Despite a rough passage through postmodern theory, the grid has made another strong appearance at Elizabeth Harris Gallery in the paintings of Pat Passlof. Her most recent series, variations on a theme entitled Eighth House, relies heavily on the grid for structure. The best work in the show proves the staying power of this tried-and-true fundamental of painting.
Passlof hasn’t always been a grid painter or even an abstract painter. She came by her current motif honestly from a loose figurative style in the early 1990s to a less strictly structured abstraction in the late 1990s. It seems to be only in the new millennium that she decided to focus more exclusively on the theme. Even now, it appears, she hesitates. “Eighth House #6” and “Eighth House #10” are among the paintings that reveal this, a meandering abstraction that never seems to settle on a composition. The former is composed of squiggly yellow forms in a cobalt sea of paint. It reminds me of John Marin’s half-hearted stabs at abstraction. The latter looks like a loose Sam Francis—all color, no form.
When Passlof insists more staunchly on the grid, she produces impressive paintings. Her wet-in-wet style works off the grid’s rigidity. She groups thick lines in sets of three and abuts horizontal sets with vertical sets to create a tension of opposites. She’s never strict about the compositions, and a solitary horizontal line or truncated vertical is commonplace. In my favorite painting, “Eighth House #15,” black lines tile the plane in a somber ochre ground. Less imposing but equally large is “Eighth House #13,” in which the cad yellow lines are quickened by the painting’s flickering brushwork.
There is something totemic about these larger grid paintings. In Passlof’s work, the grid is a foil for form and for the properties of paint far more than it is a conceptual end. Her repetition of sets and use of the grid does not call to mind the cerebral work of artists such as Ryman or LeWitt. Sean Scully’s painting seems a more apt source of comparison. One is convinced that Passlof cares deeply for her lines and what they might represent. Her tendency to oppose these lines in a fragile balance seems elemental to her thinking, inseparable from her drive to paint. When a painter breathes new life into an old motif, she makes it her own. In that sense, Passlof is painting the first grid.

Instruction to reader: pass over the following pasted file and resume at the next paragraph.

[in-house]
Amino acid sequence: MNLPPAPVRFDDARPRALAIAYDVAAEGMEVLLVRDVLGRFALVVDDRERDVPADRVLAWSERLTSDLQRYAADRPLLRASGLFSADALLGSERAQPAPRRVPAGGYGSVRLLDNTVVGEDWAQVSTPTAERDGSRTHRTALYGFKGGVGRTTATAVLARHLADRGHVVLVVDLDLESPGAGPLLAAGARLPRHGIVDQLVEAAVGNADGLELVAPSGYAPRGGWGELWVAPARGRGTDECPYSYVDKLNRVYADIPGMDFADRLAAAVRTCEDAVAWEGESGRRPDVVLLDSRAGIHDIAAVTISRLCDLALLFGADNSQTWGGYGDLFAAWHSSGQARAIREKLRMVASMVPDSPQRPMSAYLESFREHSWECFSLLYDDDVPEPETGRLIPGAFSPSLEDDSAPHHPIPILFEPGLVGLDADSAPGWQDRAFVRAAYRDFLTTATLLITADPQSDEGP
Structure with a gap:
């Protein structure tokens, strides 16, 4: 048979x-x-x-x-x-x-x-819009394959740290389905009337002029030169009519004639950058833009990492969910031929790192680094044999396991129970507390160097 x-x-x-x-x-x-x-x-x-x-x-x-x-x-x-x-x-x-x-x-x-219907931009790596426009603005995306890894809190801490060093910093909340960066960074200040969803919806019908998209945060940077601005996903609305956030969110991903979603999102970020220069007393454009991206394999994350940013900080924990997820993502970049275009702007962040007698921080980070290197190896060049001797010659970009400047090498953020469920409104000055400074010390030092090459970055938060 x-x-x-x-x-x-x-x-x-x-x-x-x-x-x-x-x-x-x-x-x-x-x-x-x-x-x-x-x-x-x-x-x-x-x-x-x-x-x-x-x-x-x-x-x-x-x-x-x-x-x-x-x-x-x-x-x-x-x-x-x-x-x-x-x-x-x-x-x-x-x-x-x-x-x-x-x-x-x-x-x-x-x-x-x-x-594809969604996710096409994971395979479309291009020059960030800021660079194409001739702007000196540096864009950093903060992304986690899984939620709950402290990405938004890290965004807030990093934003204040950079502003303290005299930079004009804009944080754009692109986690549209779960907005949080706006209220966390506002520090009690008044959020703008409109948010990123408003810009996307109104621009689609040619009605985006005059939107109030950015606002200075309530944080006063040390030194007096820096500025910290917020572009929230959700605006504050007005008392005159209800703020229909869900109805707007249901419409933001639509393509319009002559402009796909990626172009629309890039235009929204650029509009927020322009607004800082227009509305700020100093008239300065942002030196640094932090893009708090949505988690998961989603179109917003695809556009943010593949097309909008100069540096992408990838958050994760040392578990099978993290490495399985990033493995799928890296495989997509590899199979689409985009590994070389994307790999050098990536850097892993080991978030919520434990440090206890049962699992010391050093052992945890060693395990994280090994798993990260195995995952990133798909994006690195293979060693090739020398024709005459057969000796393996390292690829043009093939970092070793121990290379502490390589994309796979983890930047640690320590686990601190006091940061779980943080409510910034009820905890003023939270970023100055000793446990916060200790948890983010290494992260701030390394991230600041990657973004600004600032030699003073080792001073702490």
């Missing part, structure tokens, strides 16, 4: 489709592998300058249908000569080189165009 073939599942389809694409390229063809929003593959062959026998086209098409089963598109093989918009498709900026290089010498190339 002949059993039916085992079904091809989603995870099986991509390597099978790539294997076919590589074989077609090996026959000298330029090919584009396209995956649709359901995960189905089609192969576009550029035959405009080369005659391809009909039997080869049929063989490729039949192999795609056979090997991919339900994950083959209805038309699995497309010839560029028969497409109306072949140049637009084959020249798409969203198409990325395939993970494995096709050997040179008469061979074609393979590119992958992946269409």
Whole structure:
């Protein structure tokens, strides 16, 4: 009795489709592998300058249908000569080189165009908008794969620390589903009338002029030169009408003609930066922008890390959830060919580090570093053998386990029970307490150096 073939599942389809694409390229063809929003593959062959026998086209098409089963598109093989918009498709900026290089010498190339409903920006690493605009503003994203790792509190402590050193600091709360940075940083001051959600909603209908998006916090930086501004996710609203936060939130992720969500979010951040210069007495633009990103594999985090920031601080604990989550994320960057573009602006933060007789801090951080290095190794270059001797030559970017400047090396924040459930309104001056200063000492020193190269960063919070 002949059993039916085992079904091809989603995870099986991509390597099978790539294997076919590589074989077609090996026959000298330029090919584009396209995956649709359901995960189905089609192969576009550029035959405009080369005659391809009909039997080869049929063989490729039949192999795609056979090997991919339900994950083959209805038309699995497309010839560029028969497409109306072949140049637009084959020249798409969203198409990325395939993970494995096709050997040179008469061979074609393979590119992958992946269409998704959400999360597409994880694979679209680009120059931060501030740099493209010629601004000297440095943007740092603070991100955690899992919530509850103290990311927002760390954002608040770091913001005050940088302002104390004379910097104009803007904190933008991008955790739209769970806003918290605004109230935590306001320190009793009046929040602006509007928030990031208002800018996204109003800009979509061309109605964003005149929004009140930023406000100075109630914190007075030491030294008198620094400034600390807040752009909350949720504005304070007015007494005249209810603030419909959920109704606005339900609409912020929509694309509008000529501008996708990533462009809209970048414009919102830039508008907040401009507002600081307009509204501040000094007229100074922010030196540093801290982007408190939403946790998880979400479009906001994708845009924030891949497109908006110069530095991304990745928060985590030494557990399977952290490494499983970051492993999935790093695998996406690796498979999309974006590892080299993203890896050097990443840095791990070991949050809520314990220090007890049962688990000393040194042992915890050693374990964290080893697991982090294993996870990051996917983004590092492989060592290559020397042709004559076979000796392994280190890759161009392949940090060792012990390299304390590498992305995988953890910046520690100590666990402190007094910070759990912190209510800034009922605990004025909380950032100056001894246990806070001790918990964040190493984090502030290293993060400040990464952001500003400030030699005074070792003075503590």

Robert C. Morgan: The Loggia Paintings: Early and Recent WorkBy Jonathan Goodman
NOV 2022 | ArtSeen
Intellectual, critic, and art historian Robert C. Morgan also makes paintings, and has been doing so for most of his long career. The current show, on view in the large, high-ceilinged main space of the Scully Tomasko Foundation, consists of a series of drawings called Living Smoke and Clear Water: small, mostly black-and-white works, of both an abstract expressionist and calligraphic nature (early on in life, Morgan studied with a Japanese calligrapher).
Helen Frankenthaler: Drawing within Nature: Paintings From The 1990sBy Robert C. Morgan
MARCH 2023 | ArtSeen
The exhibition of Helen Frankenthalers paintings from the early 1990s currently on view at Gagosian is a curious and provocative one. The shows title, Drawing within Nature, was a phrase once used by the artist to describe her work, which has been appropriated by the scholar Thomas Crow, who contributes an essay to the exhibition catalogue.
Wallace Berman: Off the GridBy Ann McCoy
OCT 2021 | ArtSeen
Descending into the cellar at TOTAH feels like entering a sanctum sanctorum, the holy of holies. The leitmotif of this exhibition could be the theme of intimacy, images feeling like handheld windows into the artists psyche.
Eve Fowler: New WorkBy Ksenia Soboleva
FEB 2023 | ArtSeen
The exhibition of Fowlers work currently on view at Gordon Robichaux shows us that her feminist pursuits are far from abandoned. Fittingly titled Eve Fowler: New Work, the solo show consists of a film, a series of collages, and a nine-channel video installation.